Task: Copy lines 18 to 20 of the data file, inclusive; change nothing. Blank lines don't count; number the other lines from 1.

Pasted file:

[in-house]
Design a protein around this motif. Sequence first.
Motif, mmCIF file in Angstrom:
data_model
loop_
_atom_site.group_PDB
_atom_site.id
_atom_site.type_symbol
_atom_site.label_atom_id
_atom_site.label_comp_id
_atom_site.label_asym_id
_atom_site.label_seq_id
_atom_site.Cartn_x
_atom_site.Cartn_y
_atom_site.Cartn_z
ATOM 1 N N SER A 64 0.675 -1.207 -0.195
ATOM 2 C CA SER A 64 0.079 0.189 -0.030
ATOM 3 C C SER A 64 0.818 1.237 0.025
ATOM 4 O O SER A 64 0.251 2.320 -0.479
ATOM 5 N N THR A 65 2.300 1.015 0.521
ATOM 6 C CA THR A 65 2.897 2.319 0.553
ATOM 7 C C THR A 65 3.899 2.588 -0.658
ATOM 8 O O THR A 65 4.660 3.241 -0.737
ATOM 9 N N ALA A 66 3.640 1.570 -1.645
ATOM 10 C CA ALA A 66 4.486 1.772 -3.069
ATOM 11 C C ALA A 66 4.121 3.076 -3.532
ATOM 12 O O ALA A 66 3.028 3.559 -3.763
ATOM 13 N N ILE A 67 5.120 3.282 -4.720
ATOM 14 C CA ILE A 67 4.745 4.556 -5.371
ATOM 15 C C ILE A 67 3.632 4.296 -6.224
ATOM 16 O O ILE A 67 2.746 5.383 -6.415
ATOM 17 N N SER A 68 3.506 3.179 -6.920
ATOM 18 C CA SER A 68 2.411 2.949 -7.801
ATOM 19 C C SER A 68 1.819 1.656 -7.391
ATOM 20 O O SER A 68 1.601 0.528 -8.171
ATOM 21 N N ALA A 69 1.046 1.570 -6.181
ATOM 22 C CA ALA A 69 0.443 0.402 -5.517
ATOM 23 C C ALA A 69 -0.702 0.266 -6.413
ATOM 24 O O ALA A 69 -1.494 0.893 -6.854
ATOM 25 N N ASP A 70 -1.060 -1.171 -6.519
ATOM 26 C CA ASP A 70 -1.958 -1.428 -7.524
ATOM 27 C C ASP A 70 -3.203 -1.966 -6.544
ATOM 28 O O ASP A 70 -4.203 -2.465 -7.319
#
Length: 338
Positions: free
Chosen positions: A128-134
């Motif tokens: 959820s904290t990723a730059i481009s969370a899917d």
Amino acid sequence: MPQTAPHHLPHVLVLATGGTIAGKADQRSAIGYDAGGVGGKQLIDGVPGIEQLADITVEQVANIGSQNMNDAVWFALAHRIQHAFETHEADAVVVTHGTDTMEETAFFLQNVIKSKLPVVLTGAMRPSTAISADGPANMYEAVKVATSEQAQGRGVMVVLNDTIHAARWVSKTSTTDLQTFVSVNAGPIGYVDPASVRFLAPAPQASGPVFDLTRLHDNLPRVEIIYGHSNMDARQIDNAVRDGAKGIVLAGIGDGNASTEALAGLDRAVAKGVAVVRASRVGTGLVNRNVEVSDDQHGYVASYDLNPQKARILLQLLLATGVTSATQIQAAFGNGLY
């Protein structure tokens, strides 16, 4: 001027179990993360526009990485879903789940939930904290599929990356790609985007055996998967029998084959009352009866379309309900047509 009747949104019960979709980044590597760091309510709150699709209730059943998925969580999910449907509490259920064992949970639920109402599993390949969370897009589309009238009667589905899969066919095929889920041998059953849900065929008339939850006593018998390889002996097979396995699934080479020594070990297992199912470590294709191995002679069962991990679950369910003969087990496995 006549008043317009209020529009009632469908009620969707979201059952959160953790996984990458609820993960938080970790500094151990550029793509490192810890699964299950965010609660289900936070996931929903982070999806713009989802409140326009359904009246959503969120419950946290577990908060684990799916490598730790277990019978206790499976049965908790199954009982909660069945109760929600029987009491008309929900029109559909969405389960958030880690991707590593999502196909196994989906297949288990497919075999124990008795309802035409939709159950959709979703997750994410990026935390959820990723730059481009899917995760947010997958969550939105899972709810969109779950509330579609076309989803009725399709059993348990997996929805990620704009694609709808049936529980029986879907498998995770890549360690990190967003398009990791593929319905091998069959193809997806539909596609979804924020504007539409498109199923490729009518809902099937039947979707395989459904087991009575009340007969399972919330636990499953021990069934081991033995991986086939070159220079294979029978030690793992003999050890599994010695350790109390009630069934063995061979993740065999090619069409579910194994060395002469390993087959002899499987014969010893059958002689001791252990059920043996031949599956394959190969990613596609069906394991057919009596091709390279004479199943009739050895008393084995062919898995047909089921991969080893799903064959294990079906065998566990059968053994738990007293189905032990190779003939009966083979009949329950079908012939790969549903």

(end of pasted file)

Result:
ATOM 3 C C SER A 64 0.818 1.237 0.025
ATOM 4 O O SER A 64 0.251 2.320 -0.479
ATOM 5 N N THR A 65 2.300 1.015 0.521